Domestic Affairs, Greg Pustorino, World
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Slower Population Growth Hits the United States: What Can the US Learn From Japan

Slowing population growth has plagued high income countries like Japan, South Korea, and the United Kingdom. How will it affect the United States?

By Greg Pustorino

Historically, fears around population growth generally followed the thought process of Thomas Malthus, who believed that explosive human population growth would eventually widdle down the Earth’s natural resources and eliminate the abundance of food resulting in mass starvation or overpopulation. The numerous innovations in agriculture and technology since Malthus published his ideas in 1798, have nearly eliminated the worry of overpopulation. However, the reverse, population decline, might not be a comfortable alternative. 

Ageing populations and slower population growth rates have plagued many high income countries in the past decades. Japan has been hit the hardest with both a shrinking population and the highest proportion of elderly citizens as a part of the population of any country in the world. Additionally, over 35% of the Japanese population is over the age of 65 and the number of Japanese people of working age has decreased by 13% since 2000. The ageing of the Japanese population, a direct result of slower population growth, puts a larger and larger strain on social security and other retirement benefits as the number of retirees increases. Furthermore, the declining population means there are fewer young people joining the labor force to compensate for the higher demand for social security payouts. Fewer young people entering the workforce also means that Japan might not be able to maintain its current level of production. The International Monetary Fund has estimated that Japan’s declining population will reduce GDP by 1% over the next three decades.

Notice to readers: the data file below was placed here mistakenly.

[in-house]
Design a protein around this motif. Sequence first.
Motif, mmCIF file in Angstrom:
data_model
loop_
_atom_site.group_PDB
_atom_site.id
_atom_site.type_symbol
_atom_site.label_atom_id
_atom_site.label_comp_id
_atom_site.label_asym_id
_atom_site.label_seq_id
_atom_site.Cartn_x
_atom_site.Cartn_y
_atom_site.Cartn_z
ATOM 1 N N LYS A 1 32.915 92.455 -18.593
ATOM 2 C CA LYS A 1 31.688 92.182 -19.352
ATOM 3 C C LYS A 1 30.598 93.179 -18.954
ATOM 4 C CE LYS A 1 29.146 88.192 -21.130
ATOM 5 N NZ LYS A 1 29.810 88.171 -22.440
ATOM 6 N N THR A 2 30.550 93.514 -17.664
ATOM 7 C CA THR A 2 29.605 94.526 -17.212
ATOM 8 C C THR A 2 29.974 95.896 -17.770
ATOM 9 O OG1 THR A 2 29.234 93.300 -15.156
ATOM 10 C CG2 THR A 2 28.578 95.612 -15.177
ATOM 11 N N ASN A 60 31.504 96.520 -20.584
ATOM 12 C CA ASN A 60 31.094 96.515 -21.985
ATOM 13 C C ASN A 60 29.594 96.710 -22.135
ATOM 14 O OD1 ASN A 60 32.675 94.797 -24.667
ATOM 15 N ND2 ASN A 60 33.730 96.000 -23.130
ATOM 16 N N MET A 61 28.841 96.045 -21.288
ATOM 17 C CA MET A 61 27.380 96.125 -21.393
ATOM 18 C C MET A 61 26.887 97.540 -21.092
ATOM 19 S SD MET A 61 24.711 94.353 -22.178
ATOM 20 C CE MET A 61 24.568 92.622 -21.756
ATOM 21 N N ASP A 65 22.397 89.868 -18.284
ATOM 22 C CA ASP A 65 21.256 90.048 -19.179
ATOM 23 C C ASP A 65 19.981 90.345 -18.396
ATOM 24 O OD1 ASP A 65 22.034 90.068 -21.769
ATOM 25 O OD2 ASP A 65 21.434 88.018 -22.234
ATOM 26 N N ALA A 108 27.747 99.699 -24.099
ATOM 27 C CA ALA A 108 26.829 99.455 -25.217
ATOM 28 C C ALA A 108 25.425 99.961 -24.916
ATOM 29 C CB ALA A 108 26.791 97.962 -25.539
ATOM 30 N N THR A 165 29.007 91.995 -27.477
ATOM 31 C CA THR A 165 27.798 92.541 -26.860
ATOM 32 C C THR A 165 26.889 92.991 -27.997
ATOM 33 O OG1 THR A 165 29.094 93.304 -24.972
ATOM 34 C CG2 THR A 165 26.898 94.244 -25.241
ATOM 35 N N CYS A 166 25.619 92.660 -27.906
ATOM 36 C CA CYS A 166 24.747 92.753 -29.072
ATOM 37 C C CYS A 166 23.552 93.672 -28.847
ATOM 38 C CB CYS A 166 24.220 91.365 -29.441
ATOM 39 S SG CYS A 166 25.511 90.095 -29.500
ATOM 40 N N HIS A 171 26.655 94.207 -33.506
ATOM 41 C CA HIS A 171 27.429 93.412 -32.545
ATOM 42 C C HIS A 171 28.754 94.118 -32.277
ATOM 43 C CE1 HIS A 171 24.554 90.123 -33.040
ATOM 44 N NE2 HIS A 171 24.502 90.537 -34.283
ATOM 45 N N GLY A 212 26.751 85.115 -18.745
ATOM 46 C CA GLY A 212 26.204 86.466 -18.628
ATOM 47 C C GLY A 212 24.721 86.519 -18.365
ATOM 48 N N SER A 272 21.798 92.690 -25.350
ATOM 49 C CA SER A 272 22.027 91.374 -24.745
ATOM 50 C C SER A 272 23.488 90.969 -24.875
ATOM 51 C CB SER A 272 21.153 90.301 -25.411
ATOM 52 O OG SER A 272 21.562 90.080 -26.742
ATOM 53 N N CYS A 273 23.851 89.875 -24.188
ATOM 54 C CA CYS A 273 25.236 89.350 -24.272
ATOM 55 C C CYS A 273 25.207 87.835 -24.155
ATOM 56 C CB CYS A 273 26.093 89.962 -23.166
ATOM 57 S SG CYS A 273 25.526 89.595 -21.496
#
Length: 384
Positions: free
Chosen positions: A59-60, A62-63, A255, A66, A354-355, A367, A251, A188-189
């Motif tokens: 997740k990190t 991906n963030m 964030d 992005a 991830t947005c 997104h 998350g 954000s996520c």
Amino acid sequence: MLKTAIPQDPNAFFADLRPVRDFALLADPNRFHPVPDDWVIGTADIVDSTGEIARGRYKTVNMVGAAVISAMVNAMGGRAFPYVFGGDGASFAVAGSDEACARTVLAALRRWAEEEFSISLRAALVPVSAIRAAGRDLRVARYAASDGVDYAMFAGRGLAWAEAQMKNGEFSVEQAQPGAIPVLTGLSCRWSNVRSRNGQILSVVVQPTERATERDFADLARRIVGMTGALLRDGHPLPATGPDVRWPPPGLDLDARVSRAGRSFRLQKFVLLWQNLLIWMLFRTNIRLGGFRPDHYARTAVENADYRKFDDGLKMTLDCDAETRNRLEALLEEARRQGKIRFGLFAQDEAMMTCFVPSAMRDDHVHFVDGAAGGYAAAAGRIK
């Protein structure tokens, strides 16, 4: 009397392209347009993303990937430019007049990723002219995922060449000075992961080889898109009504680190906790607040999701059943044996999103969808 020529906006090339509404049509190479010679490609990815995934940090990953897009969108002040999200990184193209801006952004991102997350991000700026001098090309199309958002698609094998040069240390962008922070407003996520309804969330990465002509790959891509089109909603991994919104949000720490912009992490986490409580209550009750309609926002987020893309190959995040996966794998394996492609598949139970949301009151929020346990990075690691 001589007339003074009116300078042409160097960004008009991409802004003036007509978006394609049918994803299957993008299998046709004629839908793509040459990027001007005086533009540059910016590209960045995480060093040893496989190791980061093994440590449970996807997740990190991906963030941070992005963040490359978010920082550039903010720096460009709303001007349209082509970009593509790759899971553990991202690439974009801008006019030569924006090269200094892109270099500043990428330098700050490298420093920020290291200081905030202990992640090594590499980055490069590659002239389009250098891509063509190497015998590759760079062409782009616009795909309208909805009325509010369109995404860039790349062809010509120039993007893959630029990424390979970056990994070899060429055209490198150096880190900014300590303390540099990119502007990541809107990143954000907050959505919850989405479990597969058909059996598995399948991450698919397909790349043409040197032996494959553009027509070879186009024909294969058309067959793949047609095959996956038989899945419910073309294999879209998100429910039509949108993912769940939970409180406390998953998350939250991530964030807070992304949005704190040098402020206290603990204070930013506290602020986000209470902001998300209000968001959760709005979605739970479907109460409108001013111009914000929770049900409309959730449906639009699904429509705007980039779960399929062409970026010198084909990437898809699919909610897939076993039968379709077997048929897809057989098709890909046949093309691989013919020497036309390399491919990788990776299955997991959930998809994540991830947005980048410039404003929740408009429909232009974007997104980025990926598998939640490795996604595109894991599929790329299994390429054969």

This decrease in the Japanese labor force has put strain on the country’s main automotive and electronics industries as they lack the manpower to maintain production. Rob Carnell, the head of research and chief economist for Asia-Pacific at ING went as far as to say, “Japan’s demographics weaken its GDP growth… A rapidly ageing population and shrinking labor force are hampering growth.” Mr Carnell’s remarks are consistent with the predictions of the Solow growth model, which states that GDP will rise with direct increases in the population while holding all other factors constant. 

Declining population growth also means that a country will face a smaller domestic market for goods and services. This is most evident in the housing market as Japan has seen a 14% drop in housing construction since 2000. New housing mostly meets the demand from population growth; but with lower birth rates and more deaths, there is a reduced demand for new housing. Businesses are also hit by a decline in population, the number of new enterprises in Japan decreased by 31% from 2006 to 2013. All told, the shrinking of the Japanese population means that even with flat productivity growth there would be a steady decline in GDP from year to year.